After the meeting Chief Wolf gave me maps and reports detailing every aspect of the fire.  We hopped into his Cal Fire Chevy and slowly bounced our way up a steep dirt road, Casa Loma, to Uvas Road, then took Loma Prieta Road to the remote dirt section of Summit Road where the fire started. We could not have made it without four-wheel drive.

As we passed each work crew and the sub-contractors, Chief Wolf, now in charge of mop-up operations, quickly assessed the situation and gave directions and guidance as needed. Many of the roads we drove that day were the same roads he and I had driven a year before as we surveyed Cal Fireís PL566 fire-break program. This program sponsored by the Santa Clara Valley Water District. started in 1976 and has kept these remote roads open, graded, and cleared of brush

We stopped briefly on the left side of Summit Road where the fire started at 5:17 a.m., Thursday, May 22. The private parcel had been cleared of trees and brush, presumably for the planting of a vineyard leaving massive piles of downed trees and brush. Some of the brush piles had been burned and one theory is that an ember stoked by the wind became the point of ignition for the Summit Fire.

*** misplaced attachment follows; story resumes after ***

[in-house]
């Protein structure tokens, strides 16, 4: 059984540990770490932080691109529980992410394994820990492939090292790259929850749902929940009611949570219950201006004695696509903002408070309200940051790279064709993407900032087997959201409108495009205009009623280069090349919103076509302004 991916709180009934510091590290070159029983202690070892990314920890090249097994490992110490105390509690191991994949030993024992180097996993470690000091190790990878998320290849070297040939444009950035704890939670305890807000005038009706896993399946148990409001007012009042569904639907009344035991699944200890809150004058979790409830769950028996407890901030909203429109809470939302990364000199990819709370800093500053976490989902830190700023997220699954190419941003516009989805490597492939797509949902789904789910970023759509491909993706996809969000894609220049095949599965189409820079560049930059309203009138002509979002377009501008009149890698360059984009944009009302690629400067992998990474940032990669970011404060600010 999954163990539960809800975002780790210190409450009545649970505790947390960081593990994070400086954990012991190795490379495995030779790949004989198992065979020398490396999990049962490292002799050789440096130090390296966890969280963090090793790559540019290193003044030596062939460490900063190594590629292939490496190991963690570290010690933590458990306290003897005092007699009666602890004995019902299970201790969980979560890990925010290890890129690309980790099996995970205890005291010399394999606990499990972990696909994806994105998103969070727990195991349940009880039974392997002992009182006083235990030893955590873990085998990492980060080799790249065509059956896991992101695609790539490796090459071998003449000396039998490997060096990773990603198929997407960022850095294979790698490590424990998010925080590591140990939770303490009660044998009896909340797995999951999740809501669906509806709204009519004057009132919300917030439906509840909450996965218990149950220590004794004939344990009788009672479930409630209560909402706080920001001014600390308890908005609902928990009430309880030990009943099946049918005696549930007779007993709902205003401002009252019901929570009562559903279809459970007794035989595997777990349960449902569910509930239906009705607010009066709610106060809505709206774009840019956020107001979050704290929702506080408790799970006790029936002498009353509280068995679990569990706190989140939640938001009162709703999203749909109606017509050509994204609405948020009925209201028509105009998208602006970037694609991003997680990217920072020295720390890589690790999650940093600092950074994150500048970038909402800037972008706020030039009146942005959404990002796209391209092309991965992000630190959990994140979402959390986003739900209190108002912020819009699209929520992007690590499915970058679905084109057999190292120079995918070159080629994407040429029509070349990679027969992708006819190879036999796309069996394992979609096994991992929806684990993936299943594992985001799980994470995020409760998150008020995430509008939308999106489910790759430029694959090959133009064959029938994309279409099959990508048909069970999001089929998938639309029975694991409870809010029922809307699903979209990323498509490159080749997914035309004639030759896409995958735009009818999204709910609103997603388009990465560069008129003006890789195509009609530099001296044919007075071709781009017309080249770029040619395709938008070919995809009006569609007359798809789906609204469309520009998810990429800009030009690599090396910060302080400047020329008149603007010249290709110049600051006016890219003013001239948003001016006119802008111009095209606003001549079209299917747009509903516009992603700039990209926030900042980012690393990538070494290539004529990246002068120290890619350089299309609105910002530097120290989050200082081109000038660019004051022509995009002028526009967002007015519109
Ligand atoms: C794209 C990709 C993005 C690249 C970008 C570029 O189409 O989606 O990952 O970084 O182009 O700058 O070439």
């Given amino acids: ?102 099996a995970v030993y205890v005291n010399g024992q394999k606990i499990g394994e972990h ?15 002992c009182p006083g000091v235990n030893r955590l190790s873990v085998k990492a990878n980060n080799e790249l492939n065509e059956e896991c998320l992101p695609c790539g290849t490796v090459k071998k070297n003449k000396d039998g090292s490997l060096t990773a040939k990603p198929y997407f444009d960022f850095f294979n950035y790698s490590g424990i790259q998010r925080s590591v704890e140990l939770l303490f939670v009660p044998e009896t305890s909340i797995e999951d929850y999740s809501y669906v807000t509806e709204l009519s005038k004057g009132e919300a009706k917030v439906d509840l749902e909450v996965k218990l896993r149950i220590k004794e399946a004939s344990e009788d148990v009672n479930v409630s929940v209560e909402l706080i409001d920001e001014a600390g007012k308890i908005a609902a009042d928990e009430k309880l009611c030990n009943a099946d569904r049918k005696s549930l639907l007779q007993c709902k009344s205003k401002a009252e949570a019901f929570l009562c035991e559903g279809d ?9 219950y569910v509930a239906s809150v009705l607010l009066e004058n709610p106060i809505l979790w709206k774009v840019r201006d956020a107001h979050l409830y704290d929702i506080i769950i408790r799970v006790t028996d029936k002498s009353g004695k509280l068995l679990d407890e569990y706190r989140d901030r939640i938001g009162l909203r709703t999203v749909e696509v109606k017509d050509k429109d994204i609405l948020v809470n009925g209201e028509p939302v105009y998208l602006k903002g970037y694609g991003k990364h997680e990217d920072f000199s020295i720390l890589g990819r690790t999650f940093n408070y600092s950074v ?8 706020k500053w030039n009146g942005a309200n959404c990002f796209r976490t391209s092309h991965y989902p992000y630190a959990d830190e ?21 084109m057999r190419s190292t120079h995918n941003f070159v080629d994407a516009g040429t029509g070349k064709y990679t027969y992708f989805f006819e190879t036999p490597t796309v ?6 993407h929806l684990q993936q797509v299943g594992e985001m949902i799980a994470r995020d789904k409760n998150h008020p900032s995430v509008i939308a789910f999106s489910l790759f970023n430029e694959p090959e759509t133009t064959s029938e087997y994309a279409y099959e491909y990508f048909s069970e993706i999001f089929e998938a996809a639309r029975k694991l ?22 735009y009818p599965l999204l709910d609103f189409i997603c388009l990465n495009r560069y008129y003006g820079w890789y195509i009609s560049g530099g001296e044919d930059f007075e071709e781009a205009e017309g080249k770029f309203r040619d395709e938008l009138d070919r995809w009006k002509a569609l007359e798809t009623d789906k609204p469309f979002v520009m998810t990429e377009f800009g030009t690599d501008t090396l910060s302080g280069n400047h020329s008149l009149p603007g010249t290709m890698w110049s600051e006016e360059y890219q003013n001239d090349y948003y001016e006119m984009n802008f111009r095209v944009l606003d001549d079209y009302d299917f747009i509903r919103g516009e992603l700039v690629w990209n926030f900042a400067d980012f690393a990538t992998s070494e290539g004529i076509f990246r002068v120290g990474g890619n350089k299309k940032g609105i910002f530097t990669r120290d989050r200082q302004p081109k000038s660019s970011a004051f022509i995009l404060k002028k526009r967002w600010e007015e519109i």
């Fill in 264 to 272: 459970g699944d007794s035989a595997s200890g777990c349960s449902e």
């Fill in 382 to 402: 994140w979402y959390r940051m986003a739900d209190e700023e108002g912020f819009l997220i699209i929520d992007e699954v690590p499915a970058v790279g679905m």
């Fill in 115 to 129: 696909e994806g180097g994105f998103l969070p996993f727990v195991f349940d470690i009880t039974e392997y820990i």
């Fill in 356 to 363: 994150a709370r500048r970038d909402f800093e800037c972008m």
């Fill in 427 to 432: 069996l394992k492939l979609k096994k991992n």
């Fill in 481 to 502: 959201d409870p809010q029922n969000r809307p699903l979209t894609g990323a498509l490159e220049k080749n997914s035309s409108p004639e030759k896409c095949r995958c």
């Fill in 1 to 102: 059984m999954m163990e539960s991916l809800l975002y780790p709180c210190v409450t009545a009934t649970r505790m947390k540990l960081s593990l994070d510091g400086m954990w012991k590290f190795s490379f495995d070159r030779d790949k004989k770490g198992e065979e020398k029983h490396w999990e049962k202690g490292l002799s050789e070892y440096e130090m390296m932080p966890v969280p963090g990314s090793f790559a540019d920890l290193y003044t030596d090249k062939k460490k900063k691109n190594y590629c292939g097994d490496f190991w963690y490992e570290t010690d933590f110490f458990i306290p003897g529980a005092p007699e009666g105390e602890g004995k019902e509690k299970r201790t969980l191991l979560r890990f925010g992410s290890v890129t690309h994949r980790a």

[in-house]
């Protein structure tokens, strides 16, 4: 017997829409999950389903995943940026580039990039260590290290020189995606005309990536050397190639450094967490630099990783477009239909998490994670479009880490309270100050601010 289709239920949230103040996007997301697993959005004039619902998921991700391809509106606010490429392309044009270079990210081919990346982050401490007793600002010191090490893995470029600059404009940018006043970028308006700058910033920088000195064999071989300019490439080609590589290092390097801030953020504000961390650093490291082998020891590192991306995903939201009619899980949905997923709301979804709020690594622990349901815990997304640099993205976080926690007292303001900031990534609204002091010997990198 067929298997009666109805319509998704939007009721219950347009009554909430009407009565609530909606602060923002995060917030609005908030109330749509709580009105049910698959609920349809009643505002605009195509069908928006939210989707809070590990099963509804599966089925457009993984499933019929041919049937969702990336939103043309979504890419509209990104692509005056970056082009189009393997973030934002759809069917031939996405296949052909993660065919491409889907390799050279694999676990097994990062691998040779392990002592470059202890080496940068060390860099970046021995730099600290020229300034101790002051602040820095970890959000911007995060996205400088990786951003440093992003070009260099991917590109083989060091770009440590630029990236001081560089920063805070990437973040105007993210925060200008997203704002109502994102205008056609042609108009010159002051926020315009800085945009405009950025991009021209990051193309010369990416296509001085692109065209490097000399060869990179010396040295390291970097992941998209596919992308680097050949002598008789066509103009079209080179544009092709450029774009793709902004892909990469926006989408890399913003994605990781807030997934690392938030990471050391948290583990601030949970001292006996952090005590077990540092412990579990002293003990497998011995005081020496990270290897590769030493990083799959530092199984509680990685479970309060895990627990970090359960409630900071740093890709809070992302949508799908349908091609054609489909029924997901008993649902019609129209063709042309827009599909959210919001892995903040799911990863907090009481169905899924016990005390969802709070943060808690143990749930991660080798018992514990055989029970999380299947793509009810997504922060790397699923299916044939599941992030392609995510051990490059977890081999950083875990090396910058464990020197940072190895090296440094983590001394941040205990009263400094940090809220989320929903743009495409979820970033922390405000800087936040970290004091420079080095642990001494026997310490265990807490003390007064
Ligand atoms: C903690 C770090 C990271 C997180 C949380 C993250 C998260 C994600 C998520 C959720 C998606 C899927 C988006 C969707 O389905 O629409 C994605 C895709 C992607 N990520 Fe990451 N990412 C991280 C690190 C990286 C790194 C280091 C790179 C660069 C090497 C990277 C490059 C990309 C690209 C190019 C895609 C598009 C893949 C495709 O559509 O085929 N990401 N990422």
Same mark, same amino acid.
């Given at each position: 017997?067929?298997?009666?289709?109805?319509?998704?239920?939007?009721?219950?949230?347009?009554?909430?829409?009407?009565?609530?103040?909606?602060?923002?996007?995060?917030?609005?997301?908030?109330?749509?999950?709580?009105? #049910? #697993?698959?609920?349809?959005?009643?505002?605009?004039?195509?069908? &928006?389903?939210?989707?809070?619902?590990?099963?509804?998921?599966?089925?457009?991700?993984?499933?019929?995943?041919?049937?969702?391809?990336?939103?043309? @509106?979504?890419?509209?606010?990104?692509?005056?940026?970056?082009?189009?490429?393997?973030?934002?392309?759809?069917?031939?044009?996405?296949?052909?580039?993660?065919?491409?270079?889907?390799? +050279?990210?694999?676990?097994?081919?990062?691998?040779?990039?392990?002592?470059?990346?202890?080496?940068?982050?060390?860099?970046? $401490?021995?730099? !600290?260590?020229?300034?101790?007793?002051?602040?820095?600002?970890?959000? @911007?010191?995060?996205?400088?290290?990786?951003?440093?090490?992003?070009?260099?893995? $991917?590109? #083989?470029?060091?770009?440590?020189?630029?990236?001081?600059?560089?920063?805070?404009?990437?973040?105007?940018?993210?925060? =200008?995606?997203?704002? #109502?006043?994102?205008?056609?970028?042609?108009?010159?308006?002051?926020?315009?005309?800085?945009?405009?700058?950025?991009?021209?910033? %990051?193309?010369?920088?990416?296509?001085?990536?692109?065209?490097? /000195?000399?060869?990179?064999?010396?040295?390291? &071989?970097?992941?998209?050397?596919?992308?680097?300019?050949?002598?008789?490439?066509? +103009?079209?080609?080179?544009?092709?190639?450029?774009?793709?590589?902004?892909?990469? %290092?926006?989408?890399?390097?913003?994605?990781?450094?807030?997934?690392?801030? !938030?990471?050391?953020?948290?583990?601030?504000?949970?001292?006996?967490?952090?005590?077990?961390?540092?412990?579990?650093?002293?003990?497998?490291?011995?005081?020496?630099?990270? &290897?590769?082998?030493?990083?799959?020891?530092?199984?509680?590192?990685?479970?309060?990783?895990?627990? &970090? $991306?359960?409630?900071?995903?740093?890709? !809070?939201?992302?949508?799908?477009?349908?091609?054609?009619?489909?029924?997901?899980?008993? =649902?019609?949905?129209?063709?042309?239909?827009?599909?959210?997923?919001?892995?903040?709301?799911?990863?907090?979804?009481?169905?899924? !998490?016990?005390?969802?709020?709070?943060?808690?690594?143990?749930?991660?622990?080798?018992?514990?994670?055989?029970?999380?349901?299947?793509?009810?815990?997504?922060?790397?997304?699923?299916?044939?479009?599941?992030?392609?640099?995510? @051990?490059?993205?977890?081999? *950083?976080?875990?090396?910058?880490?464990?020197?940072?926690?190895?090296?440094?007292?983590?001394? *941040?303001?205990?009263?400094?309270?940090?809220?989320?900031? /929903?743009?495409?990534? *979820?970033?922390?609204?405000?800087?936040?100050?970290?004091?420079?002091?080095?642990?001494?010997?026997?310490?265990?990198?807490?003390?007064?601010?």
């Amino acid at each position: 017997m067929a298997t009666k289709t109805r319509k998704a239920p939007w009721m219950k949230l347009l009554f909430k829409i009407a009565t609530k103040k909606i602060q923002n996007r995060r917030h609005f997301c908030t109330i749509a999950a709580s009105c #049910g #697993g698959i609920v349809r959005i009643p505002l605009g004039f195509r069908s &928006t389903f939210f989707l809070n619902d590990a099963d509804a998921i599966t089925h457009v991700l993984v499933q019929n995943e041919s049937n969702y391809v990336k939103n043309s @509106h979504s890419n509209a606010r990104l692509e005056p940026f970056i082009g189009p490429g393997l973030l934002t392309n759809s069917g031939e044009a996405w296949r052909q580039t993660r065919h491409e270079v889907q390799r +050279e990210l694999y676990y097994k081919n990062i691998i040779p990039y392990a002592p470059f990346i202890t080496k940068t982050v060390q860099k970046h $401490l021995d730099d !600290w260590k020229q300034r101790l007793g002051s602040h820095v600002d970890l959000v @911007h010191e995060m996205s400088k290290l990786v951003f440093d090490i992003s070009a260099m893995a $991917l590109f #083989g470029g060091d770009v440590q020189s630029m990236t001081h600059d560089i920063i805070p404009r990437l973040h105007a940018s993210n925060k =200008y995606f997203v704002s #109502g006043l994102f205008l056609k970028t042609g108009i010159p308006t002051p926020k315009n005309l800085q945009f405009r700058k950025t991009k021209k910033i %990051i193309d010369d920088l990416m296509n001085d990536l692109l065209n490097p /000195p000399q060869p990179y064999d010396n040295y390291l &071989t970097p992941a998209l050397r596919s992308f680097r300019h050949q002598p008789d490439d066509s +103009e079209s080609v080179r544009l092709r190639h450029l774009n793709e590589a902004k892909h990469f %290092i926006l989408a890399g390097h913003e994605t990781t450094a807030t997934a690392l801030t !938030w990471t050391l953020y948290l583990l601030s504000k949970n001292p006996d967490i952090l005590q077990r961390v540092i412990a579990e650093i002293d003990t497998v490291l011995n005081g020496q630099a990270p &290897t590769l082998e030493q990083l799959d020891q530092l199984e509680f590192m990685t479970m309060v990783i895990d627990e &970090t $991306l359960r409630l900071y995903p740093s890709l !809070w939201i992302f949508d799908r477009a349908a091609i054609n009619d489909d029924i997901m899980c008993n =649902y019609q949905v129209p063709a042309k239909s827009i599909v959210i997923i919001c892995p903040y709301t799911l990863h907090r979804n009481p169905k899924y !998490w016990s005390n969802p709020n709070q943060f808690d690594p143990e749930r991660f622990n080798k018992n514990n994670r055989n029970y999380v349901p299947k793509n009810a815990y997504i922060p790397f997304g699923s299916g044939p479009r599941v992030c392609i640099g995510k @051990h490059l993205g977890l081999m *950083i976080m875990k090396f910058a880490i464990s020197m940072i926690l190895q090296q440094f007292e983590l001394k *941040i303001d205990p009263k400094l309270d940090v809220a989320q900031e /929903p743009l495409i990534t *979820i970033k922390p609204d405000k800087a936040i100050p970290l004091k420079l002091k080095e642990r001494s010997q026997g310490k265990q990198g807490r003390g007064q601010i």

This remote dirt section of Summit Road is narrow, filled with potholes, and surrounded by dense brush. There are few road signs, posted street addresses, or unlocked gates. For fire crews not intimately familiar with the area it is hard to know where the homes are and what is a driveway or a fork in the road. This created one of the major challenges during the fast-moving fire.